Just because a spell does not exist in the rule book does not mean it cannot exist. One of the best spells I ever used was in a campaign where the high powered characters had begun to trust their fortune tellers to predict major events for them. Just as an army was invading one of their allies, the invaders had their fortune tellers cast a powerful spell. As long as the spell was maintained, anyone trying to use fortune telling or a similar style of magic to see what was going on would get horrible images of an old crone instead of the information they sought. Card readers saw the crone’s face on their cards. Crystal ball readers saw evil eyes staring back at them out of the ball. Tea leaf readers saw the crone’s face form and then dissolve in the leaves. Not only was this creepy for the players (and therefore fun for the GM), but it got them involved. They wanted to know how it was done.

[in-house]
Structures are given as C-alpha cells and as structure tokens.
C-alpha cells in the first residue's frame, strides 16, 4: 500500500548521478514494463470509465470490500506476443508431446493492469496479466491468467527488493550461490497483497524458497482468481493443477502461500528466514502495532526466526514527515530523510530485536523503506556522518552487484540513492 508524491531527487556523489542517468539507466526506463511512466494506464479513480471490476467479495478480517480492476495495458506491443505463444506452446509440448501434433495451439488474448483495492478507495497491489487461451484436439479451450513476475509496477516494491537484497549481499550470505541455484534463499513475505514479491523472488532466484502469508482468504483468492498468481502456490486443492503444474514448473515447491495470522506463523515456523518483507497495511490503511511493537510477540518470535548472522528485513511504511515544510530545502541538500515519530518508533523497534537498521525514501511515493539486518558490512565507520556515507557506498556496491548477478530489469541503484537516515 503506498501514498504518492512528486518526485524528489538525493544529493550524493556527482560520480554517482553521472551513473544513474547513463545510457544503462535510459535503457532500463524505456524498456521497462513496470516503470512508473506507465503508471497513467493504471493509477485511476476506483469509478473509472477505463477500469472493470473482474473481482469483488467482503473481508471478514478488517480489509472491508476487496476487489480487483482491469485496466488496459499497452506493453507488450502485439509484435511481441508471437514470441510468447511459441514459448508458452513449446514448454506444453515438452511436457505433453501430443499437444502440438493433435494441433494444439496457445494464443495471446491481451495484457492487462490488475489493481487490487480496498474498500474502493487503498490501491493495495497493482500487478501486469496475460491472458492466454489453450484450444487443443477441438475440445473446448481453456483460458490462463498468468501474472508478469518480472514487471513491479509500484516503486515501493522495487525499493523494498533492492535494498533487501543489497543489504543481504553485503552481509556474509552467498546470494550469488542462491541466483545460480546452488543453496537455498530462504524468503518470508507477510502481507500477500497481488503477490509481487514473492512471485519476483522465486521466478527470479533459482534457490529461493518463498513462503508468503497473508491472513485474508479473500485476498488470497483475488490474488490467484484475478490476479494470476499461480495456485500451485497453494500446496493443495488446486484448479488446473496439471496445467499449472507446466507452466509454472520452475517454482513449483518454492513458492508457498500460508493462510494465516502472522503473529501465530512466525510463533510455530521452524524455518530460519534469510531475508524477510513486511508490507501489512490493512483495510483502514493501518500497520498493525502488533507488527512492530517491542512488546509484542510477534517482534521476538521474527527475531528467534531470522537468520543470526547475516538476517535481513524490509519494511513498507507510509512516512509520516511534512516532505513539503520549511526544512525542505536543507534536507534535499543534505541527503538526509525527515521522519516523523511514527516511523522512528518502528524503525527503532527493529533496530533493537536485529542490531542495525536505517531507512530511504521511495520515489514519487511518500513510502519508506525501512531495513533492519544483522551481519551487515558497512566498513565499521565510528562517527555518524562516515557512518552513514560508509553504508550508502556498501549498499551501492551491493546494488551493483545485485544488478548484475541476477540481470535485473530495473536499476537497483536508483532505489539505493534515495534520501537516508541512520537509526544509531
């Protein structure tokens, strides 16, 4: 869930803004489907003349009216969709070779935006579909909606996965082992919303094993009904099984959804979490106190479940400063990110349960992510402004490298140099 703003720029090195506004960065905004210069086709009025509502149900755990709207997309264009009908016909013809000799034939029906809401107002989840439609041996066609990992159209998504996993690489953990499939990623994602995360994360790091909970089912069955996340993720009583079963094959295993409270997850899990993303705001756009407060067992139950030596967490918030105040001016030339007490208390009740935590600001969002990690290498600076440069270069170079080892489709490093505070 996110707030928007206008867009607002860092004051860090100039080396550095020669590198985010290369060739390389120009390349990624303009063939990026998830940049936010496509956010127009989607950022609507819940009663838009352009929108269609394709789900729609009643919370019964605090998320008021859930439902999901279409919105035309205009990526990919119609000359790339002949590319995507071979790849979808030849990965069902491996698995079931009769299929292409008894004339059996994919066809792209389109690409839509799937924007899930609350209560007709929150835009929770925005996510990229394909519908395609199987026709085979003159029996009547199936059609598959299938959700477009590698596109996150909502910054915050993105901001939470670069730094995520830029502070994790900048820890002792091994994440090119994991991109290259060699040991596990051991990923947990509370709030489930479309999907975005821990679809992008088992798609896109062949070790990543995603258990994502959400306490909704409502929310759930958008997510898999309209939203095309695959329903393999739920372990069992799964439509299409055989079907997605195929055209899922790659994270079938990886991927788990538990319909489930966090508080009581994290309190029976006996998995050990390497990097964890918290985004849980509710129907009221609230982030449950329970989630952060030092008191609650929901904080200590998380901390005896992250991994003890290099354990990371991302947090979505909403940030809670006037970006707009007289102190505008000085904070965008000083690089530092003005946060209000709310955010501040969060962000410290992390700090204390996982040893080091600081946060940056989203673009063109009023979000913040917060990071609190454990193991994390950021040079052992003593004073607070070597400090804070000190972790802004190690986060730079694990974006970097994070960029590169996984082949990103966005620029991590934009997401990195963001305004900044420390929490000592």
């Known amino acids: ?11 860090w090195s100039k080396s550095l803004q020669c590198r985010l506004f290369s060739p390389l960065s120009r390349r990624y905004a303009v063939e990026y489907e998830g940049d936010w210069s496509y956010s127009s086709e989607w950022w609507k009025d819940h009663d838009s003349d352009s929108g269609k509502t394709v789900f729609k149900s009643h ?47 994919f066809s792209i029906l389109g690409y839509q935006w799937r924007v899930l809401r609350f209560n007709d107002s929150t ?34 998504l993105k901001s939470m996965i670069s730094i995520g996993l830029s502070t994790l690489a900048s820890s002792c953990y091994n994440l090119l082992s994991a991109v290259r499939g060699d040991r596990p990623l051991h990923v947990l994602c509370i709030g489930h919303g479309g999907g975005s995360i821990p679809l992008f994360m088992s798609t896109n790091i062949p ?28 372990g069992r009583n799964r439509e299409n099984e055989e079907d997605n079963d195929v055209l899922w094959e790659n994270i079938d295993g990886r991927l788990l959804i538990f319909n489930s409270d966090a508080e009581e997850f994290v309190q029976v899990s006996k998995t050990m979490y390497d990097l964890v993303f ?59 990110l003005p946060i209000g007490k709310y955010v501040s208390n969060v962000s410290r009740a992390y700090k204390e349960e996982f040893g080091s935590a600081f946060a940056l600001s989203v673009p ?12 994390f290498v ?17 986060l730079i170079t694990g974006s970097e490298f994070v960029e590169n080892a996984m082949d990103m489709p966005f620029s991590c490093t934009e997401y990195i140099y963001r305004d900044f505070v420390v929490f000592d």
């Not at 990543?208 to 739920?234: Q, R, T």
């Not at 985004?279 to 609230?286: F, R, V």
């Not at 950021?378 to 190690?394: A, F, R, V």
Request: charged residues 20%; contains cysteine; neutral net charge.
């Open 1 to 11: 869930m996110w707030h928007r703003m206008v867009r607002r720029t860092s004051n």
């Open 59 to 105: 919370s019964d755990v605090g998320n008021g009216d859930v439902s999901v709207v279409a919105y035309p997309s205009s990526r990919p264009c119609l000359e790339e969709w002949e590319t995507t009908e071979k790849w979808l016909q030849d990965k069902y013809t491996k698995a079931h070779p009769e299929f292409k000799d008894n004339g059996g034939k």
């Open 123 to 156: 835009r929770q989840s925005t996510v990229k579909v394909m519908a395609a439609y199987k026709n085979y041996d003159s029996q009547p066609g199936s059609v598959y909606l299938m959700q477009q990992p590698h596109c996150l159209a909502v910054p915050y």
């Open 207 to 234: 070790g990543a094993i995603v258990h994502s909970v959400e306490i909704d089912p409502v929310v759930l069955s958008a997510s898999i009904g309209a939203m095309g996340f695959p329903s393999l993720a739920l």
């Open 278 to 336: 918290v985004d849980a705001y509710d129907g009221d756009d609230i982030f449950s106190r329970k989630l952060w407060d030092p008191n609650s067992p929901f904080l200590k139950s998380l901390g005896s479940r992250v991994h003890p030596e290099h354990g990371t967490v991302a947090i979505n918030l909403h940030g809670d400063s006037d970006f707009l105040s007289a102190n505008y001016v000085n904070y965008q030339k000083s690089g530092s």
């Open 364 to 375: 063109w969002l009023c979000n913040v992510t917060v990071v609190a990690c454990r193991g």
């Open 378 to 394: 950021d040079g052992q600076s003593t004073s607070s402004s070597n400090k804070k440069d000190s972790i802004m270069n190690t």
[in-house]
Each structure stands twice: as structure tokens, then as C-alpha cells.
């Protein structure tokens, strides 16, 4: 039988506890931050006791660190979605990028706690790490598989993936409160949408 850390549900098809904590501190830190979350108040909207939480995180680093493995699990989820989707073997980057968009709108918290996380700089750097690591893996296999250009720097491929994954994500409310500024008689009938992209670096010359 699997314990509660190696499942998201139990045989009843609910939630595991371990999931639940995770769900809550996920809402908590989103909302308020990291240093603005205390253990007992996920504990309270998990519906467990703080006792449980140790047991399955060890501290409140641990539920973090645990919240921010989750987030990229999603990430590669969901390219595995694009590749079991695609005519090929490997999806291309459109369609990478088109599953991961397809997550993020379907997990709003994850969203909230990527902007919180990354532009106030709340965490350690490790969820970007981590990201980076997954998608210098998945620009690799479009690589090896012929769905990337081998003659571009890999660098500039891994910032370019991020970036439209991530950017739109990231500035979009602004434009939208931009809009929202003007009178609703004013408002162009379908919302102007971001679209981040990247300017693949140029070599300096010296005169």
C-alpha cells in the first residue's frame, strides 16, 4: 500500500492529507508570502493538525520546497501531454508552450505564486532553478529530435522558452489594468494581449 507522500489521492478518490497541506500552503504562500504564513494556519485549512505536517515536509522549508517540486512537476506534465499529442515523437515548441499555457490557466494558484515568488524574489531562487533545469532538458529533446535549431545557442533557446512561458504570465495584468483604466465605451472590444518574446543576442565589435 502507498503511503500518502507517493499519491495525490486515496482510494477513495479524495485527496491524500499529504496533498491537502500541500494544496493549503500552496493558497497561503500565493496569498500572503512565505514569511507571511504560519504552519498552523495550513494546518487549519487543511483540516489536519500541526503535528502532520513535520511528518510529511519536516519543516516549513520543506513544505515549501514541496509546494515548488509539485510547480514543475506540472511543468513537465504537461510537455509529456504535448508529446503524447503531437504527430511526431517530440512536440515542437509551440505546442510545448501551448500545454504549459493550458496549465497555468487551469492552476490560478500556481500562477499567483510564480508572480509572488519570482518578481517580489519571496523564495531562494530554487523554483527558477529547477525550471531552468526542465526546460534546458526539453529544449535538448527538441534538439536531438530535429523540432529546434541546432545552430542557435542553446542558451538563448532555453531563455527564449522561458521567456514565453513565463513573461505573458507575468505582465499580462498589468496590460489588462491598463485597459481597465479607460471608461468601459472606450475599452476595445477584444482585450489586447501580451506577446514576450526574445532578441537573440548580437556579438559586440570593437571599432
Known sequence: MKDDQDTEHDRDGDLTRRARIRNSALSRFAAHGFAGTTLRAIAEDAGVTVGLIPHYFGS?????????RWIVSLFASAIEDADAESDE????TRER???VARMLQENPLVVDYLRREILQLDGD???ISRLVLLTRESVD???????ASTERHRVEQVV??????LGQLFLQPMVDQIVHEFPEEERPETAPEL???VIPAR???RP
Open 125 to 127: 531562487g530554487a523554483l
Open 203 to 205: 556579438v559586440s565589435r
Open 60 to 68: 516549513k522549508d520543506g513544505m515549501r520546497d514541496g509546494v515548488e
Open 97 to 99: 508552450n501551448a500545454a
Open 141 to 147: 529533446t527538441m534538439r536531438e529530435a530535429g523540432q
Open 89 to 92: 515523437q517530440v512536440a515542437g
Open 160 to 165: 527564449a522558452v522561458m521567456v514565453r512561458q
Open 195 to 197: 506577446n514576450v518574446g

By hitting them with a spell of this nature, they were at a complete loss. They had begun to rely on a power that had been unleashed in the game. Instead of trusting to fortune tellers, they had to trust their own instincts. Of course, the enemies had fortune tellers, and by that time, the GM had learned several tricks on how to use them (from the players). Never hesitate to use a player’s ideas against them. At least make sure you use one group’s ideas against your next group.